Concerned about your teenager?

Today, you can bet online 24/7. And with social media, apps and advertising making it more accessible and attractive to young people, teenagers are at a higher risk of developing gambling problems.

For many young people it isn't about the money. It's about fun, excitement and social acceptance. And because they are so targeted by gambling advertising, betting can seem like a normal activity to them.

Tackling gambling issues with your teenager can be difficult. We can help with information about the changing nature of betting and tips and tools to help you talk to your teenager about gambling.

What to look out for

There are signs to look for if you think your teenager has a problem with betting. They may:

  • seem flat or down and spend less time with friends or doing things they normally enjoy
  • be obsessed with simulated gambling apps and games
  • spend lots of time talking about betting
  • be more moody and seem stressed out when not gambling
  • have arguments at home about money and their betting
  • obsess about betting or the odds more than focussing on the sport when watching a game
  • lie or be secretive about their betting
  • miss school or fall behind because of time spent gambling
  • borrow or ask for money from family and friends
  • continue to gamble to win back money they have lost.

What you can do

Talk about it

If you think your teenager has problems with gambling, talk to them about it.

Our Gambler's Help Youthline can give you advice on how to approach the conversation. Call 1800 262 376.

Make sure you choose a time to raise the subject when you can talk in private and you and your teenager are both calm. The most important thing is to be non-judgemental.

You could say you have noticed they:

  • have stopped doing things they used to enjoy
  • have stopped spending time with family and friends
  • are spending a lot of time on gambling apps and games
  • seem to focus more on the odds than on the game when watching sport
  • are spending more money than usual
  • are spending less time on schoolwork and getting lower grades.

Listen to what they have to say. They may be relieved to talk about it.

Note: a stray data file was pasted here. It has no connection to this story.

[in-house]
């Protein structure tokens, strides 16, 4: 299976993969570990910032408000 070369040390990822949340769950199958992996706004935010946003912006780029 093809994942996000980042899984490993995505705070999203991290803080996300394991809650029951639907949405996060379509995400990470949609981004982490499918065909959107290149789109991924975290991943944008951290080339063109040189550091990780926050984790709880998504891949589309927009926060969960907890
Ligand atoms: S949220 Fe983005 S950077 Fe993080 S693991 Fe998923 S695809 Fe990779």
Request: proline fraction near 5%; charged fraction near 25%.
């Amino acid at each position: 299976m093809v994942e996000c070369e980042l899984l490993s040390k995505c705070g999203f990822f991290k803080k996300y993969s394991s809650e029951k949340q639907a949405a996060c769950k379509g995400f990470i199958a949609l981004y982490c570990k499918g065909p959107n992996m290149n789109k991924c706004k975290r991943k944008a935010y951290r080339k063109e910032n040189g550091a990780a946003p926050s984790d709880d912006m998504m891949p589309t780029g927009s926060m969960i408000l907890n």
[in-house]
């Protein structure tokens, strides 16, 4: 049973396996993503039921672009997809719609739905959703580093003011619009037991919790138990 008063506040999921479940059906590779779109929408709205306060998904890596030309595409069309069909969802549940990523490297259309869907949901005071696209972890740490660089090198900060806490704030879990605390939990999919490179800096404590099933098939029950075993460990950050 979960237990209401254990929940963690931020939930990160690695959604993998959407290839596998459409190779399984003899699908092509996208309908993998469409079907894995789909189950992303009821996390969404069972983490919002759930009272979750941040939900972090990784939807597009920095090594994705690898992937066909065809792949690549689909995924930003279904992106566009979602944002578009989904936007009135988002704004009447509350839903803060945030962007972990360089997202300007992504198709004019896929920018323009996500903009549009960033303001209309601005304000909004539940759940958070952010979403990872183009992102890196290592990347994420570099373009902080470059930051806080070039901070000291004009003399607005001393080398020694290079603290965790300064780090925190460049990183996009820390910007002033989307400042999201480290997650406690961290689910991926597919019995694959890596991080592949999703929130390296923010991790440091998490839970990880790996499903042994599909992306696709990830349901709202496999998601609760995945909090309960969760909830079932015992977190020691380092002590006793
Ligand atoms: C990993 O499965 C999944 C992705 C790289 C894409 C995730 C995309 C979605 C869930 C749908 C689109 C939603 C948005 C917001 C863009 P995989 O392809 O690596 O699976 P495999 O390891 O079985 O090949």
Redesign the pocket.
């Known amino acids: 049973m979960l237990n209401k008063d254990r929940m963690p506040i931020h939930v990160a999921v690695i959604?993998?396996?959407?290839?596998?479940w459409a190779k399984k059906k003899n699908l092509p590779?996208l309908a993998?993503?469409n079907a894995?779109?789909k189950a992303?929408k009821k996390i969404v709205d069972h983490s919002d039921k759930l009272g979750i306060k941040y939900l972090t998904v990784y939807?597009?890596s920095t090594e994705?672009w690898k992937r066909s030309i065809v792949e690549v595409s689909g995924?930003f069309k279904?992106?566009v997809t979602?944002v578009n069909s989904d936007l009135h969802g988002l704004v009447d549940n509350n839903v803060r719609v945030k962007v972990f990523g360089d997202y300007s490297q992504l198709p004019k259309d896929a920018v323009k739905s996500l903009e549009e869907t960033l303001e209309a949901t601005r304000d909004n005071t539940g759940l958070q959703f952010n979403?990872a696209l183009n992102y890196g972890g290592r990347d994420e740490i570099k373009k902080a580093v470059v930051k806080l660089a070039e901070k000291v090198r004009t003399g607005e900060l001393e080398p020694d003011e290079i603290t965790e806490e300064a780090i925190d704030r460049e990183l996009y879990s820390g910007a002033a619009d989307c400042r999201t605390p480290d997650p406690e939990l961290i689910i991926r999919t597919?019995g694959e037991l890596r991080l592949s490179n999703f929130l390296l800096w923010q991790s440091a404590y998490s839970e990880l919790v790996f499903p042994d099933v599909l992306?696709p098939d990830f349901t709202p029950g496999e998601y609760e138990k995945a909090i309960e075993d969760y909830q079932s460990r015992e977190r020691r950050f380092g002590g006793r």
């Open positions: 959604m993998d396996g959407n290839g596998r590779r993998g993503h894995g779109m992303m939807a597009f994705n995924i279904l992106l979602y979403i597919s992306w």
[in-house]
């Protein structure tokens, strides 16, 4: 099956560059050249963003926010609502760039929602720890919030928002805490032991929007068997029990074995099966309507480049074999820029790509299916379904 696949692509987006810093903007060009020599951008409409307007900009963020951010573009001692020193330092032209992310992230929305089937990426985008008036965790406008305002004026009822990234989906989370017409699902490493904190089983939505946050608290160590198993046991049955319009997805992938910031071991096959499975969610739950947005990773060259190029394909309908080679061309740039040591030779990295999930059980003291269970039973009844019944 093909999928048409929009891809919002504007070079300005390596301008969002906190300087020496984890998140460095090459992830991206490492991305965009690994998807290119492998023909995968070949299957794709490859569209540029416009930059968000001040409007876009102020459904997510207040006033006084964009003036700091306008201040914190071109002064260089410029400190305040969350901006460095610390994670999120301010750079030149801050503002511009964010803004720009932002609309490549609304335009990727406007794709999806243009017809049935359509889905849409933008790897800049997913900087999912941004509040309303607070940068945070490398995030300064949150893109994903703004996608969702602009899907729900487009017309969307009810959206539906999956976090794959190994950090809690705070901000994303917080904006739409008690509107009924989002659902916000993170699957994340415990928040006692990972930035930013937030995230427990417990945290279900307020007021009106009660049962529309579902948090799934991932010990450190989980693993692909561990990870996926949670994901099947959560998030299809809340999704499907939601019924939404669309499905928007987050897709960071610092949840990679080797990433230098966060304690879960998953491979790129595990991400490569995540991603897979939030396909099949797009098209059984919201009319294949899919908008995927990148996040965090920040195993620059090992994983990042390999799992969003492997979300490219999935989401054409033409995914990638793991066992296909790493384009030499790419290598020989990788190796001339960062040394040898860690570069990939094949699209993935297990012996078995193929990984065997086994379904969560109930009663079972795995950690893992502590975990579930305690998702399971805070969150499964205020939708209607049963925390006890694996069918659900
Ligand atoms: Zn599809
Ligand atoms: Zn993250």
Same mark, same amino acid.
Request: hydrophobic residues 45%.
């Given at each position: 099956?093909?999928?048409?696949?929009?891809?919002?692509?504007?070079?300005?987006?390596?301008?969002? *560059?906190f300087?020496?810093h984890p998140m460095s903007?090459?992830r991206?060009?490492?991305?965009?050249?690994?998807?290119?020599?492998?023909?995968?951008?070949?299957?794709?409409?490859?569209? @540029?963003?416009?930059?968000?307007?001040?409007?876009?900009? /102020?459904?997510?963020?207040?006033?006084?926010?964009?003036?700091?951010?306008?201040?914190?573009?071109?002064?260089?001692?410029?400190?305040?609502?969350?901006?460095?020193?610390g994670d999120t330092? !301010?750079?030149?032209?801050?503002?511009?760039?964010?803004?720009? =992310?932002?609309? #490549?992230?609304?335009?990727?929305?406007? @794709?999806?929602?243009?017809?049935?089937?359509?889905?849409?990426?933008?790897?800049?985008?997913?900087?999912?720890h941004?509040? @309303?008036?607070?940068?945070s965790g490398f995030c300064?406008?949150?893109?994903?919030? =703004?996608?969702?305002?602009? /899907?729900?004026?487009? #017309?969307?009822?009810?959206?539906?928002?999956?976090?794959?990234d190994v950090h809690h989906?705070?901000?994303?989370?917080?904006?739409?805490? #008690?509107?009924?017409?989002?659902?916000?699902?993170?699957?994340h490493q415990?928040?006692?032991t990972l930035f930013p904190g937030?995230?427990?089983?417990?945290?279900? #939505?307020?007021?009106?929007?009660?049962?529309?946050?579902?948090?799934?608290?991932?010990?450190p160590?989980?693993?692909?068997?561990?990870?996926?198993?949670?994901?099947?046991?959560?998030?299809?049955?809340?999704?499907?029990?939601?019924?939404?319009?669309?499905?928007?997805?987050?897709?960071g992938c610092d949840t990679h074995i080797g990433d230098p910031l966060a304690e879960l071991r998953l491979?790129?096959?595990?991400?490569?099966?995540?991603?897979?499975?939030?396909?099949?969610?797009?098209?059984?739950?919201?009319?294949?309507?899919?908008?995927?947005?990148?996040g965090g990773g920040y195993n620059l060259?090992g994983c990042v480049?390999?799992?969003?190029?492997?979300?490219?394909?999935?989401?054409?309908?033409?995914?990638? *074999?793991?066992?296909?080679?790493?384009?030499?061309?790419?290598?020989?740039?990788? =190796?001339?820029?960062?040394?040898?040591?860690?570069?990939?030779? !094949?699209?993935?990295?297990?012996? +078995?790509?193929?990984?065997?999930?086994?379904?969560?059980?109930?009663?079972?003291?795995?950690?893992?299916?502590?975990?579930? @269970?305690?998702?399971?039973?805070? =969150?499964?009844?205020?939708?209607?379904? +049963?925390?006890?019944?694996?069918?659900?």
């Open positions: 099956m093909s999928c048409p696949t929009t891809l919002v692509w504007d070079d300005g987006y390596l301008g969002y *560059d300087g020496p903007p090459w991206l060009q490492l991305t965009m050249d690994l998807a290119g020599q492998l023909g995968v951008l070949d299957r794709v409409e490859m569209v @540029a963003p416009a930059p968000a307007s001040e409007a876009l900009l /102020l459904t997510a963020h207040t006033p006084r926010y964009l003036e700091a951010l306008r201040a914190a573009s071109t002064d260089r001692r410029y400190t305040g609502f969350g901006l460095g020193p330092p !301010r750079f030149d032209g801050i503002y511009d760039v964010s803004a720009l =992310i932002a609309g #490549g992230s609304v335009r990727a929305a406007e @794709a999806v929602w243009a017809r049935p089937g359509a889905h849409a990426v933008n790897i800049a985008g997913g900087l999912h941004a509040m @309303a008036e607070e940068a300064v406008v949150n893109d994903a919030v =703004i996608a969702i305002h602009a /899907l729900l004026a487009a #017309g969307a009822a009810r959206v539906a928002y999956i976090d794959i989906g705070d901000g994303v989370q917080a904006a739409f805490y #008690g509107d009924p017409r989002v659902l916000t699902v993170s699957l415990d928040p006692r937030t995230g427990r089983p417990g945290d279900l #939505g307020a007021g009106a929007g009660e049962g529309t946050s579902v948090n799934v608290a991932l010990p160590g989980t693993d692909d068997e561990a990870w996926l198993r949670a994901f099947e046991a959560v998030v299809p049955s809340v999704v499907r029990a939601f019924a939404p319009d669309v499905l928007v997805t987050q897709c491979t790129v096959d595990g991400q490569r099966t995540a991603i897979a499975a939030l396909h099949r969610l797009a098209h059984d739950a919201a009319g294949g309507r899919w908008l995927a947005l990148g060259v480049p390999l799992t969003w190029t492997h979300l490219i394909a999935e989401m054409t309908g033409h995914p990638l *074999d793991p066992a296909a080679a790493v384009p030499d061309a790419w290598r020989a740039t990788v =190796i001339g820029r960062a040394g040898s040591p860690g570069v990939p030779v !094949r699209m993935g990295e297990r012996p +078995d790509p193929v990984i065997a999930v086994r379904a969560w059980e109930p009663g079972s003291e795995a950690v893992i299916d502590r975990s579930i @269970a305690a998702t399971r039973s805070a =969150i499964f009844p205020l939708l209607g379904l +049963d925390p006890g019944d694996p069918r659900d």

If they ask for help, work together on a plan to help them take back control. It could start with:

  • looking at this website together
  • working out ways they can focus on other important things in their life, and how they can manage their money to limit or stop their betting
  • calling our Gambler's Help Youthline on 1800 262 376 to find out how to get counselling, advice and support. Your teenager could call or you could call together.

If they are defensive and don't want to talk about it, you could call our Gambler's Help Youthline on 1800 262 376 to talk about how the conversation went and what you could do next to help the situation.

Our guide What's the big deal? Talking to teens about gambling has information, tips and tools to help with the conversation.

Download the guide (PDF - 859.9 KB)

You can also read more about:

Online safety

You may want to consider blocking access to gambling websites using a filter.

Two popular filters are:

You can also install internet monitoring software like:

Reputable gambling sites also offer self-exclusion programs where you can ban yourself from their site.

The Australian Government's cybersmart website has information for parents and kids about online games and staying safe online. You can also download a cybersafety help button, which is a free app that links to counselling and educational resources[SP1] .

Access to money

Consider who in your family has access to your credit or debit cards, and whether any of these cards are linked to accounts that your teenager accesses, such as accounts for downloading music.

Virtual gaming and gambling websites regularly offer purchased credits or rewards, and it's not always obvious that these purchases relate to real money.

You may want to set up alerts to come to your phone for new purchases so you can track your teenager's smartphone or tablet spending.

Getting help

For more information about getting help if a teenager close to you has a gambling problem, see:

You can also call Gambler's Help on 1800 858 858 or Gambler's Help Youthline on 1800 262 376 for free, confidential, professional advice and support. These phone lines are open 24 hours a day, seven days a week.

If you would like to chat live with a counsellor online, visit Gambling Help Online. This service is also available 24/7.

Find out more about the many ways to get help.

Read more about how we are putting families and friends at the forefront of our thinking in reducing harm caused by problem gambling.

Read the paper (PDF - 630 KB)